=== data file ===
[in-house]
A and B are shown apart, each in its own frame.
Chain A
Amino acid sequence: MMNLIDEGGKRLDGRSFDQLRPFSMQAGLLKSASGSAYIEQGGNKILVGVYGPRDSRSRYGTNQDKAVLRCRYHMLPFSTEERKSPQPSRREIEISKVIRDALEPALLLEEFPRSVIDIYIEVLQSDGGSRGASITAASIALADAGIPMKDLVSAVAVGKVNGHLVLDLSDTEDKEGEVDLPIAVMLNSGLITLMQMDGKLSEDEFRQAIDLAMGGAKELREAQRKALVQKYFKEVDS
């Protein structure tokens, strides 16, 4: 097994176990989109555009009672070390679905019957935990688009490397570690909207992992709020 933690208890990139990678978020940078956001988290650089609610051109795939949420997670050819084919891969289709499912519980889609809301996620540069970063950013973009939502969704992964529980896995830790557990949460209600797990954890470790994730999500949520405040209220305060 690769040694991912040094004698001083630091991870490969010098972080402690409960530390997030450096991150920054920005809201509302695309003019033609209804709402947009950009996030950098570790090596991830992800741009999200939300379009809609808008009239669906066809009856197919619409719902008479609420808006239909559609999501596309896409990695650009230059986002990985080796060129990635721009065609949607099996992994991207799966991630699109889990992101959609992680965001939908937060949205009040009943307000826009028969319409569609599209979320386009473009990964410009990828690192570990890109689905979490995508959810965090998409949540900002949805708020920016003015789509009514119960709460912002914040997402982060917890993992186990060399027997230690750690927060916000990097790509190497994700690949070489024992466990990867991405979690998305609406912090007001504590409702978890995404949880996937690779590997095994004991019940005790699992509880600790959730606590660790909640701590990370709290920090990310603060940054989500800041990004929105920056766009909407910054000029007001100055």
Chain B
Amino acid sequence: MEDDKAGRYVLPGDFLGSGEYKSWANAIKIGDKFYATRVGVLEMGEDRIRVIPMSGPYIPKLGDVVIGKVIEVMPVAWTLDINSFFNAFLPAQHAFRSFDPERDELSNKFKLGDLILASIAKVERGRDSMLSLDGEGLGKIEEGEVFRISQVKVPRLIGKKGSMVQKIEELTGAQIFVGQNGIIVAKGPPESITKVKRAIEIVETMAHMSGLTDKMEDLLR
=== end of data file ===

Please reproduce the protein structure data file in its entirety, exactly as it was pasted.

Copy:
[in-house]
A and B are shown apart, each in its own frame.
Chain A
Amino acid sequence: MMNLIDEGGKRLDGRSFDQLRPFSMQAGLLKSASGSAYIEQGGNKILVGVYGPRDSRSRYGTNQDKAVLRCRYHMLPFSTEERKSPQPSRREIEISKVIRDALEPALLLEEFPRSVIDIYIEVLQSDGGSRGASITAASIALADAGIPMKDLVSAVAVGKVNGHLVLDLSDTEDKEGEVDLPIAVMLNSGLITLMQMDGKLSEDEFRQAIDLAMGGAKELREAQRKALVQKYFKEVDS
């Protein structure tokens, strides 16, 4: 097994176990989109555009009672070390679905019957935990688009490397570690909207992992709020 933690208890990139990678978020940078956001988290650089609610051109795939949420997670050819084919891969289709499912519980889609809301996620540069970063950013973009939502969704992964529980896995830790557990949460209600797990954890470790994730999500949520405040209220305060 690769040694991912040094004698001083630091991870490969010098972080402690409960530390997030450096991150920054920005809201509302695309003019033609209804709402947009950009996030950098570790090596991830992800741009999200939300379009809609808008009239669906066809009856197919619409719902008479609420808006239909559609999501596309896409990695650009230059986002990985080796060129990635721009065609949607099996992994991207799966991630699109889990992101959609992680965001939908937060949205009040009943307000826009028969319409569609599209979320386009473009990964410009990828690192570990890109689905979490995508959810965090998409949540900002949805708020920016003015789509009514119960709460912002914040997402982060917890993992186990060399027997230690750690927060916000990097790509190497994700690949070489024992466990990867991405979690998305609406912090007001504590409702978890995404949880996937690779590997095994004991019940005790699992509880600790959730606590660790909640701590990370709290920090990310603060940054989500800041990004929105920056766009909407910054000029007001100055």
Chain B
Amino acid sequence: MEDDKAGRYVLPGDFLGSGEYKSWANAIKIGDKFYATRVGVLEMGEDRIRVIPMSGPYIPKLGDVVIGKVIEVMPVAWTLDINSFFNAFLPAQHAFRSFDPERDELSNKFKLGDLILASIAKVERGRDSMLSLDGEGLGKIEEGEVFRISQVKVPRLIGKKGSMVQKIEELTGAQIFVGQNGIIVAKGPPESITKVKRAIEIVETMAHMSGLTDKMEDLLR